Character sourced from: Comic Books

Phantom Lady

CBUB Wins: 1
CBUB Losses: 1
Win Percentage: 50.00%

Added by: DrNoGood2007

Read more about Phantom Lady at: Wikipedia

Official Site: DC Comics

Phantom Lady is a fictional superheroine, one of the first female superhero characters to debut in the 1940s Golden Age of Comic Books. Originally published by Quality Comics, the character was subsequently published by a series of now-defunct comic book companies, and a new version of the character currently appears in books published by DC Comics.

As published by Fox Feature Syndicate in the late 1940s, the busty and scantily-clad Phantom Lady is a notable and controversial example of "good girl art," a style of comic art depicting voluptuous female characters in provocative situations and pin-up poses that contributed to widespread criticism of the medium's effect on children. Phantom Lady was created by the Eisner & Iger studio, one of the first to produce comics on demand for publishers. The character's early adventures were drawn by Arthur Peddy.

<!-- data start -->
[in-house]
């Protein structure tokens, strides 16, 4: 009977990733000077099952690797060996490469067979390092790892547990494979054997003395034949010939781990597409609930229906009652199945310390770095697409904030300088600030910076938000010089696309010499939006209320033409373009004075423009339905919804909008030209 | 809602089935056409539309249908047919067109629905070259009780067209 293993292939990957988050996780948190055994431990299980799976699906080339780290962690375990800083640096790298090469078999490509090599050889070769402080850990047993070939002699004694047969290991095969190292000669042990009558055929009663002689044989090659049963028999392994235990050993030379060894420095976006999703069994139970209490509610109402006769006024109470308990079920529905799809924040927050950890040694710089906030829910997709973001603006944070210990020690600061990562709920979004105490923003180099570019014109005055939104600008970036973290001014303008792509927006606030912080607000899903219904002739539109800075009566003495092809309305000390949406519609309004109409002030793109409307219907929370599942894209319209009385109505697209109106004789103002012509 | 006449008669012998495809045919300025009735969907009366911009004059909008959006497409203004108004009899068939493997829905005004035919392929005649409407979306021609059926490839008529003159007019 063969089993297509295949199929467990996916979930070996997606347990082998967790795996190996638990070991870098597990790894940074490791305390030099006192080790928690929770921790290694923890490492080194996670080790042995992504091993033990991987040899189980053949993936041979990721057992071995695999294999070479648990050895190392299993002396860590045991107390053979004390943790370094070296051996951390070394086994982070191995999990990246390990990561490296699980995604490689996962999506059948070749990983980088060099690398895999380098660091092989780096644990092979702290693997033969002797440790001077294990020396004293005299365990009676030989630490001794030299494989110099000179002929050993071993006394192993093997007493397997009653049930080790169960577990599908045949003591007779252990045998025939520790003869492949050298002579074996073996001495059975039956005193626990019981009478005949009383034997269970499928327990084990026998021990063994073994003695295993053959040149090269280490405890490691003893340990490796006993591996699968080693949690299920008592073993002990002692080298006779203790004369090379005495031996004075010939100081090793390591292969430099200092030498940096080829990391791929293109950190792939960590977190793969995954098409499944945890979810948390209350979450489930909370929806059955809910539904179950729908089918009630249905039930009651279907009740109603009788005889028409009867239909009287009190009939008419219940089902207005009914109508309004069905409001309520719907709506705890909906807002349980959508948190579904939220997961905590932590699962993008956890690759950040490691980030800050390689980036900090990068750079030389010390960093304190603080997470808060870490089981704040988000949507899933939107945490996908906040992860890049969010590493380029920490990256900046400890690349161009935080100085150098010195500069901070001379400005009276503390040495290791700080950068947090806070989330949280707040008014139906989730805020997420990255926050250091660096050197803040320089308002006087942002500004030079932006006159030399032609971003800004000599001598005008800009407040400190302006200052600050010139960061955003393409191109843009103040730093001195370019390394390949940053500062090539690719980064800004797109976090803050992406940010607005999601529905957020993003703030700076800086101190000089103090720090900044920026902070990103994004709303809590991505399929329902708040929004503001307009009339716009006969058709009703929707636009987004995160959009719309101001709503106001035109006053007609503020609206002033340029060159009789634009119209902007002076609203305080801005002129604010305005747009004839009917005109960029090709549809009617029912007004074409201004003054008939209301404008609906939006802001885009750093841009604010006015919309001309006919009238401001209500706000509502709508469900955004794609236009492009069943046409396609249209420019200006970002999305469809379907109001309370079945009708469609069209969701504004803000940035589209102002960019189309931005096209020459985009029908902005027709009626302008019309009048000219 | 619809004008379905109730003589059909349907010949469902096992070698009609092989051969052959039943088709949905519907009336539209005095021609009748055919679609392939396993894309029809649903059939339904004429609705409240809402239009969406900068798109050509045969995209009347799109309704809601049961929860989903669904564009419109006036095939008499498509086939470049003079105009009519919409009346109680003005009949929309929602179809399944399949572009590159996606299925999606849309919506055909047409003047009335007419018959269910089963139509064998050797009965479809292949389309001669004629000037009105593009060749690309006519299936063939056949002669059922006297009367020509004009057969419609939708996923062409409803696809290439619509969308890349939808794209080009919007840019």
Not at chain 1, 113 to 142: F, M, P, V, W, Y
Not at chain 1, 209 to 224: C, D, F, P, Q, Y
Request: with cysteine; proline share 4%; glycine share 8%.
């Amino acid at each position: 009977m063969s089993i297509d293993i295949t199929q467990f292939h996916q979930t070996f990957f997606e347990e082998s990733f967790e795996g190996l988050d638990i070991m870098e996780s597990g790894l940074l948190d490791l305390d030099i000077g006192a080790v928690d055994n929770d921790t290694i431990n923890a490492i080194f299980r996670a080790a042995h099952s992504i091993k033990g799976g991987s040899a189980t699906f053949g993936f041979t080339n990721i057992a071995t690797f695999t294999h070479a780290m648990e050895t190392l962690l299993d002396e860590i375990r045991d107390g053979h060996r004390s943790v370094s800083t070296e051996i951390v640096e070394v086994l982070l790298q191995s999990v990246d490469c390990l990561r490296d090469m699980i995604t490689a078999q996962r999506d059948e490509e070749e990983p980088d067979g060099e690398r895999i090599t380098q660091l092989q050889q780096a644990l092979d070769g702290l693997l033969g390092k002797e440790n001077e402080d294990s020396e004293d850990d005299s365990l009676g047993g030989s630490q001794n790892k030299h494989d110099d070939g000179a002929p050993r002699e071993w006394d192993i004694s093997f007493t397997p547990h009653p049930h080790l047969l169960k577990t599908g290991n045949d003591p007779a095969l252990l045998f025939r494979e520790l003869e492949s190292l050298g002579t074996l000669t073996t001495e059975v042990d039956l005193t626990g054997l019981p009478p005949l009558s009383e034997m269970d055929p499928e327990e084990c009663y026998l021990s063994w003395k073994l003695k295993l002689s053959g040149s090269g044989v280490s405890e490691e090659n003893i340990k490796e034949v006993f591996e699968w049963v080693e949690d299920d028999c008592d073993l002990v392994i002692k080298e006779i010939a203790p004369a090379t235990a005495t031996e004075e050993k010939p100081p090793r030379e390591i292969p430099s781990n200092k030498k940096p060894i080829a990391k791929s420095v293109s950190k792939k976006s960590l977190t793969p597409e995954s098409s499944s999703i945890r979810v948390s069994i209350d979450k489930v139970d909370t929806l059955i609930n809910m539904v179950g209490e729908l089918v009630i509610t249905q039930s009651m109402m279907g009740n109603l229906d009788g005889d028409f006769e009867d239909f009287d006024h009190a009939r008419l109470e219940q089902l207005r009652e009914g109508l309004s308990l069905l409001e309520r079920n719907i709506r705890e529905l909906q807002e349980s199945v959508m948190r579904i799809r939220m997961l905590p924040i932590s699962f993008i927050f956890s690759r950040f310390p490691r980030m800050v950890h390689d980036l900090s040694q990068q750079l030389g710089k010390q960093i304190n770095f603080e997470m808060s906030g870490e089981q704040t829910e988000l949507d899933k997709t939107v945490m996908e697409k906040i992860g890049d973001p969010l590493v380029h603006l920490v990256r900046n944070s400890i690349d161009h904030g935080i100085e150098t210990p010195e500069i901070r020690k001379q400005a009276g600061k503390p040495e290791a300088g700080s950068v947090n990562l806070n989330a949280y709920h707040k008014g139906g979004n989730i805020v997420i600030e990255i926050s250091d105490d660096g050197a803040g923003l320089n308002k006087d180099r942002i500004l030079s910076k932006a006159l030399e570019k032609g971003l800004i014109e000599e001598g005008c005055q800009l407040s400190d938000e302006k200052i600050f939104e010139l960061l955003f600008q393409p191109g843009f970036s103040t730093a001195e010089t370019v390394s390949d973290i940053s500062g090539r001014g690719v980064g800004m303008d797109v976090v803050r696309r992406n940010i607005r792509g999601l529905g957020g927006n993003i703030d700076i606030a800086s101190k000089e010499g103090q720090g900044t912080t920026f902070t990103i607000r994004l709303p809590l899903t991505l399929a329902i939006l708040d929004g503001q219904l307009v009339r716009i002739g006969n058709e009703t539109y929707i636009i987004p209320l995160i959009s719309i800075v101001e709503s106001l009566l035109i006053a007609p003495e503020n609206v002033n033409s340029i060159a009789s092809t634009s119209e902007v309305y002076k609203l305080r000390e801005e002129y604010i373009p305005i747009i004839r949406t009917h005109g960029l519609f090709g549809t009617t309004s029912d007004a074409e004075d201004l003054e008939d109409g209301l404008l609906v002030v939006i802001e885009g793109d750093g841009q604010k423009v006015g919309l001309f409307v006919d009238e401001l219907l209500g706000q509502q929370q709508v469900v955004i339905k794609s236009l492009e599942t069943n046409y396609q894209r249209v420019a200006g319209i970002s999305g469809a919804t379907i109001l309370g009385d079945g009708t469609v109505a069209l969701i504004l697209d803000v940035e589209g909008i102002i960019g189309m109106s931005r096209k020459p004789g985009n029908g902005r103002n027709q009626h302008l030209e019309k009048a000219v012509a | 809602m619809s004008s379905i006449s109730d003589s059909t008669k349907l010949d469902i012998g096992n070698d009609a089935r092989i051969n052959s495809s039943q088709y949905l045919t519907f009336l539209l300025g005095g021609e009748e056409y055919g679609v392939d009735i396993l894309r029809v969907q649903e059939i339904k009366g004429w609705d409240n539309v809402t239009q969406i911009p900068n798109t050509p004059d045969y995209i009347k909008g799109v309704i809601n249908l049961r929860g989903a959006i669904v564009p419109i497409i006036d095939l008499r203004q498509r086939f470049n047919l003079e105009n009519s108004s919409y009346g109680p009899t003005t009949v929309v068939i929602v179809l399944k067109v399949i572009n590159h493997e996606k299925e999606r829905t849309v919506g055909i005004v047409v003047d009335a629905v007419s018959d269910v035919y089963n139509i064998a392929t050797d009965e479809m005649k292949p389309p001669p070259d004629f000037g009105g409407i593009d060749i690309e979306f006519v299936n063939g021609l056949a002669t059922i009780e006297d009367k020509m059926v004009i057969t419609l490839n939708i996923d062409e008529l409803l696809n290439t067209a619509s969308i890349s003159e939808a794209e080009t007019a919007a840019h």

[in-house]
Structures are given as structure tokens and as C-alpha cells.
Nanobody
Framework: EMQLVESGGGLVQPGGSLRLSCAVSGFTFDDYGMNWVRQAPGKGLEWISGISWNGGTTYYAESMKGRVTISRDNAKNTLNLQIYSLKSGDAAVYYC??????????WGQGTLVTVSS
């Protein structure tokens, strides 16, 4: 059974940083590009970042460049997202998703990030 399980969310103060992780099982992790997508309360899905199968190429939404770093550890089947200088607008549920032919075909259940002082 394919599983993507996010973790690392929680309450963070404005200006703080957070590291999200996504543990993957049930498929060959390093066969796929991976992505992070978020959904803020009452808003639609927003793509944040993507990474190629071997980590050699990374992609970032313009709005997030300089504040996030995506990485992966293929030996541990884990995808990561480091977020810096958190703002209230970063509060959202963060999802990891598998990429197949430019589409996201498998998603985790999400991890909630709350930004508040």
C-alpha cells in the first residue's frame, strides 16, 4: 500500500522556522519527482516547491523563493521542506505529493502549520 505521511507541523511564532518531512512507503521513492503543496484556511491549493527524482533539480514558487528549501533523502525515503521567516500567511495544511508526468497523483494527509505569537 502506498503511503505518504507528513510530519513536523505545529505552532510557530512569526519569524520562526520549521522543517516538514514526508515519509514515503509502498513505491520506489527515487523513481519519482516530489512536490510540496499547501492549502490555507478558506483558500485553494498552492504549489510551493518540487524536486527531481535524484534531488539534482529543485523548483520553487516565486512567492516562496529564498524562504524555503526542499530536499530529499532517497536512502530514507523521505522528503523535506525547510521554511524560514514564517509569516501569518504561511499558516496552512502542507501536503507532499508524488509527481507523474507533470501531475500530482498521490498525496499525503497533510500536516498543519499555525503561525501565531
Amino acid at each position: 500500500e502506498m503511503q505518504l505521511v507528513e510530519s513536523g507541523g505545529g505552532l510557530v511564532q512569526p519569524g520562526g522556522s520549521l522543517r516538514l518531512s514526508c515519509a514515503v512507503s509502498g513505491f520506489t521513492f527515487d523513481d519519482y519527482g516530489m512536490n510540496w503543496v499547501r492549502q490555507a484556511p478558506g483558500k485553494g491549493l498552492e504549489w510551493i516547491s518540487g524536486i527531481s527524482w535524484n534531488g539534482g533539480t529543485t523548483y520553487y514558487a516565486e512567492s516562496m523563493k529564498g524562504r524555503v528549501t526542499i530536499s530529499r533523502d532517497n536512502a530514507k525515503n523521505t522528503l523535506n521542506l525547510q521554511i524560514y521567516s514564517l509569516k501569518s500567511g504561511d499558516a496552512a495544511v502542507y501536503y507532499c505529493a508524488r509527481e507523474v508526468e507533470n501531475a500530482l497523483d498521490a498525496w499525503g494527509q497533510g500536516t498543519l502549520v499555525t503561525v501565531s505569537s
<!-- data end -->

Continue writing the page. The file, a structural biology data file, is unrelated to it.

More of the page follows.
Phantom Lady first appeared in Quality's Police Comics #1 (Aug, 1941), an anthology title the first issue of which also included the debut of characters such as Plastic Man and the Human Bomb. That issue established her alter ego as Sandra Knight, the beautiful Washington, D.C. debutante daughter of U.S. Senator Henry Knight. One night, Sandra happened across two would-be assassins targeting her father, and stealthily thwarted them with nothing more than a rolled-up newspaper. Knight consequently developed a taste for adventure and crime-fighting, and after finding a "black light ray projector" that a family friend named Professor Davis sent to her father, she adopted the device as a weapon that could blind her enemies, or turn herself invisible if she aimed it at herself.

She assumed the identity of Phantom Lady in a costume consisting of a green cape and the equivalent of a one-piece yellow swimsuit. Stories published decades later by DC Comics after it acquired the character would alter details of this origin by giving her a more active and aggressive role in her own empowerment, explaining her skimpy costume as a deliberate tactic to distract her usually male foes.

No match records for this character.

Regular play Record:

Result Opponent A Score   B Score
Win Silk Spectre II 16 to 12
Loss Miss America 1 to 7